Margo Price Features Real People With Real Struggles In New “All American Made” Video

Margo Price continues to prove why country music desperately needs her.

Her powerful new video for “All-American Made” features no actors, just real life men and women living in the day-to-day struggles and successes of the American life.

“All across America we’ve got people who all really want the same thing but have a different way of getting there. They might have a couple fundamental, core values they disagree on, but at the heart of the matter, we’re all just humans living on this planet, trying to survive, trying to raise our kids and our families.”

Kimberly Stuckwisch and Carlos Lopez Estrada, co-founders of the production company Little Ugly, shot the video in eight cities across five states in nine days, highlighting individuals from all across these communities: Leona Tate, one of the first children to integrate into white schools in New Orleans, who now heads her own foundation in support of inner-city youths. Sherrell Street, an Indiana farmer dealing with the recent loss of his wife. The Immigrant & Refugee Rights Coalition from Price’s adopted hometown of Nashville, Tennessee. Burnell Cotlon from the Lower 9th Ward in Louisiana, who put his life savings into revitalizing the neighborhood after Hurricane Katrina. Even Kimberly Stuckwisch’s own mother is featured, shown digging amongst the remaining rubble of their burnt down family home in Southern Indiana – having lost everything due to lack of insurance.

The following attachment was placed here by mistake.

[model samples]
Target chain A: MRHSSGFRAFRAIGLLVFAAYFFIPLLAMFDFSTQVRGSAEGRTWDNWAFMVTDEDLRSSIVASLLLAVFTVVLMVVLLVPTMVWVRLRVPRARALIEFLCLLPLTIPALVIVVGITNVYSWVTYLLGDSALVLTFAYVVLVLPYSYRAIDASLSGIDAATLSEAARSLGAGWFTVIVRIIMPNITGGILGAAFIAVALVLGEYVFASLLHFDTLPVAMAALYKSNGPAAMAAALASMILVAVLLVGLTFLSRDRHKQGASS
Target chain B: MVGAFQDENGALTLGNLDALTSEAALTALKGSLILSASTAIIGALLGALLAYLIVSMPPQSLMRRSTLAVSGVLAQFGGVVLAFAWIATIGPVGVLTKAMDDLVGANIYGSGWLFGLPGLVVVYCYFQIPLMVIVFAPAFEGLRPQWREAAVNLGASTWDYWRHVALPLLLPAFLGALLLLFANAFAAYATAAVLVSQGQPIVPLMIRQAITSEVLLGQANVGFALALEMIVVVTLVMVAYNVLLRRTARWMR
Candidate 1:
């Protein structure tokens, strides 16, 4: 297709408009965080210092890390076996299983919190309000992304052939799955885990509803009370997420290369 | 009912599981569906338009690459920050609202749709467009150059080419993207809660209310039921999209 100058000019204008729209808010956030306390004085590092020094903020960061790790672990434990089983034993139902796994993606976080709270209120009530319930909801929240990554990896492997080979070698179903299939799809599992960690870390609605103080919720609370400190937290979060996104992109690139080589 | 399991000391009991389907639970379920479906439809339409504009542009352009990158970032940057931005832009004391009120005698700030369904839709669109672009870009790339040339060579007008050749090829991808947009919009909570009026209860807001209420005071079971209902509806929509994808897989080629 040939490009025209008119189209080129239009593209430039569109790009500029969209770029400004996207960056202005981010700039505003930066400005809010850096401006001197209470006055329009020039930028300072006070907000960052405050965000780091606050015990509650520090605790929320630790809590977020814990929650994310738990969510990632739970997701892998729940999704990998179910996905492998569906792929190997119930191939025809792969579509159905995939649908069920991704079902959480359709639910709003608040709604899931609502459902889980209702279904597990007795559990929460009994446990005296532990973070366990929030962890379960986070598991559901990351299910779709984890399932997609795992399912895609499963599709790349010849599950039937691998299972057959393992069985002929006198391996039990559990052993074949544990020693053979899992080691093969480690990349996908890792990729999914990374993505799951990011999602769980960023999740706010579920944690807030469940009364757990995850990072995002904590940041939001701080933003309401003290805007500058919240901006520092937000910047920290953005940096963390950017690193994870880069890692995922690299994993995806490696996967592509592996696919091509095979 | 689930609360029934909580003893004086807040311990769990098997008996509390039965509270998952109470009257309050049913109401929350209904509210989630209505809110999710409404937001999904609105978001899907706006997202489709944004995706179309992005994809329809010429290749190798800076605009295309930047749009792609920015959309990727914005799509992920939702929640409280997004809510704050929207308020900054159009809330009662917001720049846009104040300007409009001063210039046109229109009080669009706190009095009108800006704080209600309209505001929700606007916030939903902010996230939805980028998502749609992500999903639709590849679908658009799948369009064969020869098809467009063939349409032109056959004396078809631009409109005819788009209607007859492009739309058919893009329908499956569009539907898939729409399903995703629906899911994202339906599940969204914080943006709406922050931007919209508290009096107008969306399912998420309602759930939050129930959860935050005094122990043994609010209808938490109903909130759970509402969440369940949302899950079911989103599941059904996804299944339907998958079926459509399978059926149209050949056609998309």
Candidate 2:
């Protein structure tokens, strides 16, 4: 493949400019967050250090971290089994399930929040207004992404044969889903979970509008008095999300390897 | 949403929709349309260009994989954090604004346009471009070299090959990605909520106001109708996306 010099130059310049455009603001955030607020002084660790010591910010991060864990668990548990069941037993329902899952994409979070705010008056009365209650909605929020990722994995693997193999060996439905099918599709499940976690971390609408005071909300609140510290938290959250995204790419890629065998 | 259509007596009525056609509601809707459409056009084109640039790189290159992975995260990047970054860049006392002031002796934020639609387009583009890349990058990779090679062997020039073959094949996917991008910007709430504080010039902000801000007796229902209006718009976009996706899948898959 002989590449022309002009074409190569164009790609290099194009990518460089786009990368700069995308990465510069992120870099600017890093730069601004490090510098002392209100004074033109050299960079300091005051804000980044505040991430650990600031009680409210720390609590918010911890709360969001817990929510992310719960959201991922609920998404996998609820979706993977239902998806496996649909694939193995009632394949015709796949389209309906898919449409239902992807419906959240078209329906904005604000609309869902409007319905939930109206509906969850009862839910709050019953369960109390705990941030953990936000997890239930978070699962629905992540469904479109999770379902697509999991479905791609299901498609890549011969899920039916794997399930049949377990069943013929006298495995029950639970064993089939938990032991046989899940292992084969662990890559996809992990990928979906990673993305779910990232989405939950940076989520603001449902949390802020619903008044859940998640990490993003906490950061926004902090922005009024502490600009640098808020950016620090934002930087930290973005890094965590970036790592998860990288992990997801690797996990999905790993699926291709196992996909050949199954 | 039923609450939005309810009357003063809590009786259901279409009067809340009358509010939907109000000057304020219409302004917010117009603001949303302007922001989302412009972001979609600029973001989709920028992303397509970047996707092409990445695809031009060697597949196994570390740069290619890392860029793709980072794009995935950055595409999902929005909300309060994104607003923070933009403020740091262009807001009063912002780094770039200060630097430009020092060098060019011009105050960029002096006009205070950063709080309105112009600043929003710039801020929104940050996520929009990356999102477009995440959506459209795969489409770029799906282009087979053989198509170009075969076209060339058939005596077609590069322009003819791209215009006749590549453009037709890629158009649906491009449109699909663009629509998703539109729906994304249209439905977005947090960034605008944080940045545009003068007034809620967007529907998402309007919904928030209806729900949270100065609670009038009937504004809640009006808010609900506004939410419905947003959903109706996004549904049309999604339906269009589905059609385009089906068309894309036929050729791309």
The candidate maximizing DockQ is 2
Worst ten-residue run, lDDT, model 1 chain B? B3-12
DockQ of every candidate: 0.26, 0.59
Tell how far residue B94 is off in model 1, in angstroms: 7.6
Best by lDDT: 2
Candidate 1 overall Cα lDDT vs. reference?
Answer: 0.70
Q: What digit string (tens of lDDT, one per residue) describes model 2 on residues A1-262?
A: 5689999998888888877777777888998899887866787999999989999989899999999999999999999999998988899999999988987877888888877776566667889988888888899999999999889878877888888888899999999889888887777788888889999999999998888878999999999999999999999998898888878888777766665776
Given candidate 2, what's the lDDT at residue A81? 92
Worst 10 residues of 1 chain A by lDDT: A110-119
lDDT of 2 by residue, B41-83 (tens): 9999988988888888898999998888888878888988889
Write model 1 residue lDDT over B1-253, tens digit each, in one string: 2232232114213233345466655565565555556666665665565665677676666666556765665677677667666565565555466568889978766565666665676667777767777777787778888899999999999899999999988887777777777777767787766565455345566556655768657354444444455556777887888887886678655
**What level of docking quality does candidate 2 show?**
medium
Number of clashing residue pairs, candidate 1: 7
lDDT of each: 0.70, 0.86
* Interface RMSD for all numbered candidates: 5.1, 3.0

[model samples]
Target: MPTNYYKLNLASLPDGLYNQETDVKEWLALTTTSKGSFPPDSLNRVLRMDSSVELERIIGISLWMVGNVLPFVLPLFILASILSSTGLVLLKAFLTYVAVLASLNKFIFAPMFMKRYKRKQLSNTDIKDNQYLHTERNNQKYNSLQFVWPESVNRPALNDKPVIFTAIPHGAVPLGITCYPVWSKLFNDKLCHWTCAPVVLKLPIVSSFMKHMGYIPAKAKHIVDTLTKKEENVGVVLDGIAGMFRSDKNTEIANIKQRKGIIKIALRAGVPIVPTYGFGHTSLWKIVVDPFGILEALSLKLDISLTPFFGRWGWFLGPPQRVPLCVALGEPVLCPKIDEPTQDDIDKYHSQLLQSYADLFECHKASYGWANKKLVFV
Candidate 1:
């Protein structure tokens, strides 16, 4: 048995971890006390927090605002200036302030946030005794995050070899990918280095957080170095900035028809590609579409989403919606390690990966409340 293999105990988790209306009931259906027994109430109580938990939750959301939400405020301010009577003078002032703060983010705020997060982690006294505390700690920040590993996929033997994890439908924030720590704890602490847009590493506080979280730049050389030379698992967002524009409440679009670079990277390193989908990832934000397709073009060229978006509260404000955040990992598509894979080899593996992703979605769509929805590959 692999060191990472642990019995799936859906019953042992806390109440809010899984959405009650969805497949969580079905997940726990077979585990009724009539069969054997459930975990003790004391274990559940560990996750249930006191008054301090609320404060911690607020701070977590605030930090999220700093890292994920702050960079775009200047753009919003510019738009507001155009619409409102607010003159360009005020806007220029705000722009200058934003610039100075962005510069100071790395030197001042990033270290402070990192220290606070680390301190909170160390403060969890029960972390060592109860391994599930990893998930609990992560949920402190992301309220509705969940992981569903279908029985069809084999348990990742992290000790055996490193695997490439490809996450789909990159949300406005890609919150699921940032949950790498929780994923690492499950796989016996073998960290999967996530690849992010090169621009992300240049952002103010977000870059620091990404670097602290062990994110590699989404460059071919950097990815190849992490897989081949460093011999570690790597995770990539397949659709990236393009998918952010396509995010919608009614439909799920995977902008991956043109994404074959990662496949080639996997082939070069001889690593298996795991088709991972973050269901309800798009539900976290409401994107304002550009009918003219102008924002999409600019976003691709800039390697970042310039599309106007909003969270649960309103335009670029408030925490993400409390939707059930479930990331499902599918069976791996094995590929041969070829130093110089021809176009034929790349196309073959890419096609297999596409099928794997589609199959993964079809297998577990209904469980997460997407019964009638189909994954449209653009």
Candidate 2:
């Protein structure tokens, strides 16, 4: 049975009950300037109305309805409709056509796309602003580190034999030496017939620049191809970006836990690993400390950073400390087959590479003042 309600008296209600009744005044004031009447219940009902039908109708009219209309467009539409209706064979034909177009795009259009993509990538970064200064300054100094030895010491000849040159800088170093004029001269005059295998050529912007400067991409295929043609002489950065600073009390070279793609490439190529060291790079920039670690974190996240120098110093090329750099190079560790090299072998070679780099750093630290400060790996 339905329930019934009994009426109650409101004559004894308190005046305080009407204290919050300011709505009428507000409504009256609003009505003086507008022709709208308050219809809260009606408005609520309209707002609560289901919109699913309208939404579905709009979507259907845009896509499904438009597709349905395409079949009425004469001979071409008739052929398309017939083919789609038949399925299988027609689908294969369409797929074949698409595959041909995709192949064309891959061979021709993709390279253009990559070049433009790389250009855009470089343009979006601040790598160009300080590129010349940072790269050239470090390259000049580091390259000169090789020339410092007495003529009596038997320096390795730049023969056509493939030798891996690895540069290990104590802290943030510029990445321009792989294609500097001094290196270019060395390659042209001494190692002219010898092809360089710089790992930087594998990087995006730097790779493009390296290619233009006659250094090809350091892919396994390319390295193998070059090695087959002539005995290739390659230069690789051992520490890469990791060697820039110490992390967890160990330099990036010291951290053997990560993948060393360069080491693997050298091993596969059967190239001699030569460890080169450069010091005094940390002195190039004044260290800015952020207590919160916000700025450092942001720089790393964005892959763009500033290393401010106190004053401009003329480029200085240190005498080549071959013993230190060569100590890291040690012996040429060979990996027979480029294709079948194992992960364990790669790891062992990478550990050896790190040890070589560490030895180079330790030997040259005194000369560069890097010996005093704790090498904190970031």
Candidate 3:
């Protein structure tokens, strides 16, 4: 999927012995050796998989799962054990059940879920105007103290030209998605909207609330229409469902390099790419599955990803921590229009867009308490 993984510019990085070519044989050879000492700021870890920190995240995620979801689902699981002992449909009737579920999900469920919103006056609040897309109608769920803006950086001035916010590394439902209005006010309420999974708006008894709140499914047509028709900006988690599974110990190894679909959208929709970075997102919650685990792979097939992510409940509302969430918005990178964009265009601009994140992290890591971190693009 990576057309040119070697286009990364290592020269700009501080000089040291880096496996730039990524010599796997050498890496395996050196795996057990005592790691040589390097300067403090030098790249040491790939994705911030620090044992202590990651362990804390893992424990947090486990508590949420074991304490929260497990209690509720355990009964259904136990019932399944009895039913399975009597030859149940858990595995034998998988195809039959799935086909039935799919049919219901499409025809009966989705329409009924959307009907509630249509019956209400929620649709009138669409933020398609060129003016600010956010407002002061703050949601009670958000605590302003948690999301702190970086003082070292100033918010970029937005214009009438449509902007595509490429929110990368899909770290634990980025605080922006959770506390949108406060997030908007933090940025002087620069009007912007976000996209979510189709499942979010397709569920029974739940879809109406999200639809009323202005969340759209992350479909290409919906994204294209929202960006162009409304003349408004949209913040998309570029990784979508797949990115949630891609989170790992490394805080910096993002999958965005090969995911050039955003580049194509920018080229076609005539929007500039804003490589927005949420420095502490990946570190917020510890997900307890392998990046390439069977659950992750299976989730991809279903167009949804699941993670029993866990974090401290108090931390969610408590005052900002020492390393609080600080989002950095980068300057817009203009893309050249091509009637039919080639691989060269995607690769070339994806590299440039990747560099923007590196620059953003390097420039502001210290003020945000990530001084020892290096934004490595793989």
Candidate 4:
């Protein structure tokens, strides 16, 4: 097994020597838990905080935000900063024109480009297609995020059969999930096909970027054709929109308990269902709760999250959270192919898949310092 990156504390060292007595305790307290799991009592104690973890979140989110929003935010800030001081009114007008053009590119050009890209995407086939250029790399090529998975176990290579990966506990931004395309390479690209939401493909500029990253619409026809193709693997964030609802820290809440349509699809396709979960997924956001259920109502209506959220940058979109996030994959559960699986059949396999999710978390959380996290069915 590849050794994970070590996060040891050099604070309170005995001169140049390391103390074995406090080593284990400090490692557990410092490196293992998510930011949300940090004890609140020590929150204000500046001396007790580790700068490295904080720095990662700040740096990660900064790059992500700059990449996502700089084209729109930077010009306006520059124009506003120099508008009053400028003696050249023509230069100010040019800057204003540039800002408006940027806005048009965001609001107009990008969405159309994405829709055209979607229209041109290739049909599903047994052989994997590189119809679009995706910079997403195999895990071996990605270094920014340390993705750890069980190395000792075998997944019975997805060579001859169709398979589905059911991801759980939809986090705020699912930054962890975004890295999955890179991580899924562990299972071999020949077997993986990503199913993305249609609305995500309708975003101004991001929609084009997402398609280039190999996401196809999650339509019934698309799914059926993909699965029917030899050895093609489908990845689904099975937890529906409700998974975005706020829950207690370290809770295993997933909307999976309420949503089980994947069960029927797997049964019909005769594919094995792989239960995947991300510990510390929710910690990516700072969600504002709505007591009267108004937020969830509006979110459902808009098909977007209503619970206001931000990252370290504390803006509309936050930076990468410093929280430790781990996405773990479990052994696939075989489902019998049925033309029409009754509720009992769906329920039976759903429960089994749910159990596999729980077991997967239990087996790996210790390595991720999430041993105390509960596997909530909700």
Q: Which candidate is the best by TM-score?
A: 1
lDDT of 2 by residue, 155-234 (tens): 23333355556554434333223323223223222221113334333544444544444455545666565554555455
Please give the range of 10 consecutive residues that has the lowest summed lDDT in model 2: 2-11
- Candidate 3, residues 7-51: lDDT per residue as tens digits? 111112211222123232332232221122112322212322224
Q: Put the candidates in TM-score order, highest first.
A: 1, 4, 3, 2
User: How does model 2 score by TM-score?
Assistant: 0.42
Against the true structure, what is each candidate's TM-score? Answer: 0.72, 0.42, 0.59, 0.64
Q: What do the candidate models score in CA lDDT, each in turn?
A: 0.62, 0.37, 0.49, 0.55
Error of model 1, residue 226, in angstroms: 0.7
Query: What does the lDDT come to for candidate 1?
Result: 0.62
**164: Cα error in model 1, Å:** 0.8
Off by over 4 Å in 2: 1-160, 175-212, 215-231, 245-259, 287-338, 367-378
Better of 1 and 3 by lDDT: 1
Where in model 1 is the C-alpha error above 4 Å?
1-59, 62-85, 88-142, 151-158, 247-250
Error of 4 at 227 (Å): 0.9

Says Stuckwisch: “We built a house on a flat bed truck where we see Margo cruising down highways throughout the United States. At one point, a wall breaks off and it opens her up to the world. The idea behind that was to show that we are all protected in our own little worlds, in our own houses. We have our idea of what the world is, what other people are. In the end of the video, we see Margo staring at the driver of the truck, and are left with the question….who is the driver? Who drives your fears, your hopes, your comfortability, your cultural perspective? Who is it that drives your life and what steps do you take to open up to the world and connect with other humans?”

A beer bottle on a dock


A beer bottle on a dock